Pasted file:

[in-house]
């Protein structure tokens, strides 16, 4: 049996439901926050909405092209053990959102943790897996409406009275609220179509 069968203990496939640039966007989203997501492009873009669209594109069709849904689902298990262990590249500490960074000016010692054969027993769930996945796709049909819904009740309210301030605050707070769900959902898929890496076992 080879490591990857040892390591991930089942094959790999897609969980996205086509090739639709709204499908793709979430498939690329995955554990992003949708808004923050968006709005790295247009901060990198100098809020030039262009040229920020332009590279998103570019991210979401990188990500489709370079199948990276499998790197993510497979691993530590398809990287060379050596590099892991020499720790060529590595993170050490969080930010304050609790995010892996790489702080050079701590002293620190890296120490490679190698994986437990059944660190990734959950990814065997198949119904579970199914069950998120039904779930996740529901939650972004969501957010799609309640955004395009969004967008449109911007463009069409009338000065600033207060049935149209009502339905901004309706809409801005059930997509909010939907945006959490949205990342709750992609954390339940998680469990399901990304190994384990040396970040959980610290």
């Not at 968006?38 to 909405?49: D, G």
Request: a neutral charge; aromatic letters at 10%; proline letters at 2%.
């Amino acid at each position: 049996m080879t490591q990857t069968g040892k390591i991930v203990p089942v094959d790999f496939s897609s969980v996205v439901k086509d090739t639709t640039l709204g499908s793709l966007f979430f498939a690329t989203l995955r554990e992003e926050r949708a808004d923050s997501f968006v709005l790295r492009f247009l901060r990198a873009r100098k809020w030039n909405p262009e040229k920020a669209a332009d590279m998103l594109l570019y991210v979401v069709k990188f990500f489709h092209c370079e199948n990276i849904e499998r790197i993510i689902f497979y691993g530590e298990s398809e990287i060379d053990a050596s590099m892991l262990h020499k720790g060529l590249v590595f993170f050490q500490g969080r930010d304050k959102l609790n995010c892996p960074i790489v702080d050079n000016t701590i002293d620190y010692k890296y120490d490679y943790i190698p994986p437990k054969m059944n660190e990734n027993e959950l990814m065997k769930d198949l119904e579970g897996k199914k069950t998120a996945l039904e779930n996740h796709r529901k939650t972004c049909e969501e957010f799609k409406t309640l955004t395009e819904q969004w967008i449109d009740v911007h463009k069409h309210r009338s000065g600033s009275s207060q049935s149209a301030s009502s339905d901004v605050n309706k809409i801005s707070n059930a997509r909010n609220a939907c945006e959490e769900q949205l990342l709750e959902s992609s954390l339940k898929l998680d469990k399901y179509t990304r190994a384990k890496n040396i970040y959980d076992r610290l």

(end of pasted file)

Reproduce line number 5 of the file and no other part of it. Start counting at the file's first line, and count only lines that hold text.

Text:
């Amino acid at each position: 049996m080879t490591q990857t069968g040892k390591i991930v203990p089942v094959d790999f496939s897609s969980v996205v439901k086509d090739t639709t640039l709204g499908s793709l966007f979430f498939a690329t989203l995955r554990e992003e926050r949708a808004d923050s997501f968006v709005l790295r492009f247009l901060r990198a873009r100098k809020w030039n909405p262009e040229k920020a669209a332009d590279m998103l594109l570019y991210v979401v069709k990188f990500f489709h092209c370079e199948n990276i849904e499998r790197i993510i689902f497979y691993g530590e298990s398809e990287i060379d053990a050596s590099m892991l262990h020499k720790g060529l590249v590595f993170f050490q500490g969080r930010d304050k959102l609790n995010c892996p960074i790489v702080d050079n000016t701590i002293d620190y010692k890296y120490d490679y943790i190698p994986p437990k054969m059944n660190e990734n027993e959950l990814m065997k769930d198949l119904e579970g897996k199914k069950t998120a996945l039904e779930n996740h796709r529901k939650t972004c049909e969501e957010f799609k409406t309640l955004t395009e819904q969004w967008i449109d009740v911007h463009k069409h309210r009338s000065g600033s009275s207060q049935s149209a301030s009502s339905d901004v605050n309706k809409i801005s707070n059930a997509r909010n609220a939907c945006e959490e769900q949205l990342l709750e959902s992609s954390l339940k898929l998680d469990k399901y179509t990304r190994a384990k890496n040396i970040y959980d076992r610290l």